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While battling cancer, APSU prof pens special ‘Love Letter' to daughters and grandchildren

After being diagnosed with an aggressive form of cancer, an Austin Peay State University professor used his time away from work, not only for treatment, but also to write a wisdom-filled love letter to those whose love has created the best of who I am.

Dr. Bert Randall, professor of philosophy, is the respected author of four scholarly books, three of which deal with the worlds major religionsChristianity, Judaism and Islam.
After being diagnosed with an aggressive form of cancer, an Austin Peay State University professor used his time away from work, not only for treatment, but also to write a wisdom-filled love letter to those “whose love has created the best of who I am.”

Dr. Bert Randall, professor of philosophy, is the respected author of four scholarly books, three of which deal with the world's major religionsChristianity, Judaism and Islam.

But his most recent work, “Reflections of the Heart: A Love Letter to My Daughters, Granddaughter and Grandson,” is possibly the most spiritual, springing as it did from his very soul at a time when he had become acutely aware of the fragility of life.

Although this last “love letter” is the most poignant, it is not the first time Randall has penned a special piece for his daughters. Written in 1992-93, the first manuscript was titled “Reflections of the Heart: A Father's Loving Meditations on Kahlil Gibran's ‘The Prophet.'”

The Dedication said: “To Jaimie Nan and Alicia June: You are the incarnations of our love and our dreams, and our ‘living arrows' sent forth into the future.”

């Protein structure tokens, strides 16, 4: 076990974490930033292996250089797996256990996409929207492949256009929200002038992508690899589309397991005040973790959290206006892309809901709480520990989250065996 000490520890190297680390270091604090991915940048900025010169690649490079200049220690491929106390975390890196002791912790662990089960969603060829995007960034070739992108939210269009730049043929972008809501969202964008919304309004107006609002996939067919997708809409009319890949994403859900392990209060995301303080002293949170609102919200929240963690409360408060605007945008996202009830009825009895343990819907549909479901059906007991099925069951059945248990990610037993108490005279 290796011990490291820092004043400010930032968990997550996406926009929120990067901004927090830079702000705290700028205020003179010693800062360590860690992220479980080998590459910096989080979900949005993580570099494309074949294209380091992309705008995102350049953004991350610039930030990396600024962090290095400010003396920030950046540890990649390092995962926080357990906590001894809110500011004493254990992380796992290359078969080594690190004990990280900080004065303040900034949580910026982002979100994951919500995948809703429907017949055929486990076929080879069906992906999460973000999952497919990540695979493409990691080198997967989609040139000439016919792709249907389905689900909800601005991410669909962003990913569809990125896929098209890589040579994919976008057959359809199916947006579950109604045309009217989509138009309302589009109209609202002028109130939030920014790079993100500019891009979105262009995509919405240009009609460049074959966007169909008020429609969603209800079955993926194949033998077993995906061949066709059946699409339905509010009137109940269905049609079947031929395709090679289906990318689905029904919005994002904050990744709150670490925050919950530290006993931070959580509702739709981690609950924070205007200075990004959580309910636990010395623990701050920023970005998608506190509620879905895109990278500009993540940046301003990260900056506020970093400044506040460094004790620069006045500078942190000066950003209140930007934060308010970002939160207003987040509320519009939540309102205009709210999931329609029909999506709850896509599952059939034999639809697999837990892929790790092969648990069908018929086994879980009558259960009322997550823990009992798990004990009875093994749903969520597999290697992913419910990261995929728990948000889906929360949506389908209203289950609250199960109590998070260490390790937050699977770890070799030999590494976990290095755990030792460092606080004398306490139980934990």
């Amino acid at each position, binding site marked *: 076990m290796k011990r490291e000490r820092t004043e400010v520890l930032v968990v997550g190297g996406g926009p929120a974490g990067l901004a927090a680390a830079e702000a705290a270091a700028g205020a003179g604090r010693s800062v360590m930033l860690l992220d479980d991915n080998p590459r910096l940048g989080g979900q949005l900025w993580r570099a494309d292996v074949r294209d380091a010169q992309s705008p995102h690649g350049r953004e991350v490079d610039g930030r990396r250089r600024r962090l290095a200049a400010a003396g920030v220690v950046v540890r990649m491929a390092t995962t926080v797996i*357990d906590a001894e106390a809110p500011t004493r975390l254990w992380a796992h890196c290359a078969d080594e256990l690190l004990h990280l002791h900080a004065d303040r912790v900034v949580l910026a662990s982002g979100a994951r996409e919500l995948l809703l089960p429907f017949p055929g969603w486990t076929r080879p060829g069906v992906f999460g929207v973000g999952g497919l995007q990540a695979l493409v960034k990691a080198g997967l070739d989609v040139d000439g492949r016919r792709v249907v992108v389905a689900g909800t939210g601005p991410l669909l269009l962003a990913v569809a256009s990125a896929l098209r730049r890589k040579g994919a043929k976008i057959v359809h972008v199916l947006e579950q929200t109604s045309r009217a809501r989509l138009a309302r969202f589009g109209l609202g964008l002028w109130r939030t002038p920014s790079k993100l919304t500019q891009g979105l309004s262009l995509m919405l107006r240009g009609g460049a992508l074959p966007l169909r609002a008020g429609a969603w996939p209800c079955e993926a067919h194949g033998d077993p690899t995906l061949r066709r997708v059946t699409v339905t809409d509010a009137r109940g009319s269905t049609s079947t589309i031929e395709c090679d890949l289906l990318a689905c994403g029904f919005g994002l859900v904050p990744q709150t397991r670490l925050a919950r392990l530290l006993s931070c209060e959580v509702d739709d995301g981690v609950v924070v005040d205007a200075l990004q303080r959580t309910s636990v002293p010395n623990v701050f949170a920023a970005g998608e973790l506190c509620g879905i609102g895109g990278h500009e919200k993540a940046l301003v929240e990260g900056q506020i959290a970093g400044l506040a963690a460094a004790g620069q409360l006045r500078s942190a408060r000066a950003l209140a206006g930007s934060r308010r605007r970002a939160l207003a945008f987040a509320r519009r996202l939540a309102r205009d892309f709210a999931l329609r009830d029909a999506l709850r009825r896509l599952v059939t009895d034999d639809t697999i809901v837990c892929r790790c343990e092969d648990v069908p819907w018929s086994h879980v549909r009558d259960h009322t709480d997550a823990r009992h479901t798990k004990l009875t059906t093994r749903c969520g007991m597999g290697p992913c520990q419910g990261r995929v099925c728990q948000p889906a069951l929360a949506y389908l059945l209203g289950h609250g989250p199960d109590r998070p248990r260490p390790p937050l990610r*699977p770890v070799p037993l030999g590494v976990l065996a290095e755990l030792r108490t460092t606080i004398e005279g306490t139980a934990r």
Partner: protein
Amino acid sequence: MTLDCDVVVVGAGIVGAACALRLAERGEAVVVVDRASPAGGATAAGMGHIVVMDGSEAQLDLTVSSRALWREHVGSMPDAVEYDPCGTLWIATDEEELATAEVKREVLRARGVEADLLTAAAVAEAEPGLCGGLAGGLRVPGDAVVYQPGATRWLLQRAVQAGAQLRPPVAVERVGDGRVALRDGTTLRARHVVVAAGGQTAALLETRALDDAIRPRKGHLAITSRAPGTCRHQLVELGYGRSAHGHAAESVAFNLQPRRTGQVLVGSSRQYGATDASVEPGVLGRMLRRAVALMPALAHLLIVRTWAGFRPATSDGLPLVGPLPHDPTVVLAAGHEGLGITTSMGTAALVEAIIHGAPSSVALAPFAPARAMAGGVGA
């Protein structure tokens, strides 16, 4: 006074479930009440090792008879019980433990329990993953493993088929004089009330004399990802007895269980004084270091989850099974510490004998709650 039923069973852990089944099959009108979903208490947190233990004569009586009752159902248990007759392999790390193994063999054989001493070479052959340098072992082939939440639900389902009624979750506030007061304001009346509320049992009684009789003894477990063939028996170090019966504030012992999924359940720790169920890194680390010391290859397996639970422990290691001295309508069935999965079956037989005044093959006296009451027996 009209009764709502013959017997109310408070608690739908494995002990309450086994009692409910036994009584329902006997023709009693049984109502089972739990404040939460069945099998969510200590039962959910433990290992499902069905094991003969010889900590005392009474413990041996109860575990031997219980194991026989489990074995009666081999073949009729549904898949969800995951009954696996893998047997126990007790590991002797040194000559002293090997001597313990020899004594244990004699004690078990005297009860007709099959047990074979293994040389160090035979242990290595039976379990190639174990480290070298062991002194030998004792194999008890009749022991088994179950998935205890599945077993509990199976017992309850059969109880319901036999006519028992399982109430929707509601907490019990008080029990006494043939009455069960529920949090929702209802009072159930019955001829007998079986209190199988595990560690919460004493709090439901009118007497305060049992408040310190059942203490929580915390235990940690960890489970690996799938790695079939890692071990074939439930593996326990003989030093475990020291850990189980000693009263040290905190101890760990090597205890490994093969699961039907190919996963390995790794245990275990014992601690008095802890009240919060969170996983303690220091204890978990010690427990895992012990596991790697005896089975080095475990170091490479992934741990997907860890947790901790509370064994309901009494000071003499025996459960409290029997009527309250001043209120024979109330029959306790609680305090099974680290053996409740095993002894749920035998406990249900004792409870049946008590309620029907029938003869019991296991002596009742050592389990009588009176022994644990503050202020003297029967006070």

Years later the birth of grandchildren, Shelby and Jace, a new and loving relationship within the family and Randall's travels abroad that took him away from his family for months all came together to spur him to write a new edition of “Reflections of the Heart.” After that, he thought his work on it was completed.

But in September 2007, Randall was diagnosed with B-cell lymphoma of the stomach, an aggressive form of cancer. He began several rounds of chemotherapy. Always slender and lanky, the professor became weak and gaunt from the chemobut his spirit was as strong as ever.

Randall said, “During the first few months of therapy, uncertain about whether the chemotherapy would be able to destroy the tumor, uncertain about how long I would live, one truth became the center of my life: Love is infinitely more powerful than death. Even if my life were to end within a year, it would be ungrateful, selfish and cowardly to whine or complain. My life is outstandingly blessed.

“As paradoxical as it may seem, the cancer and the length and nature of its treatment have been a spiritual blessing.”

As Randall was recuperating from the cancer and the chemo, he turned again to “Reflections of the Heart,” feeling as if life had provided him with new insights he wanted to pass along to his loved ones.

He said, “I continue to learn from my experiences and relationships--marriage, children, friendship, love, passion, hope, pain, self-knowledge, prayer, beauty, faith and deaththe same experiences that Kahlil Gilbran shared with millions in his small but spiritually rich collection of prophetic-poetic insights in ‘The Prophet.'”

Although “Reflections of the Heart” was written as a gift to his loved ones, Randall's two daughters are encouraging him to publish it, so he says he is exploring the possibilities.

For more information about the manuscript, contact Randall by telephone at (931) 221-7479 or e-mail randalla@apsu.edu. -- Dennie B. Burke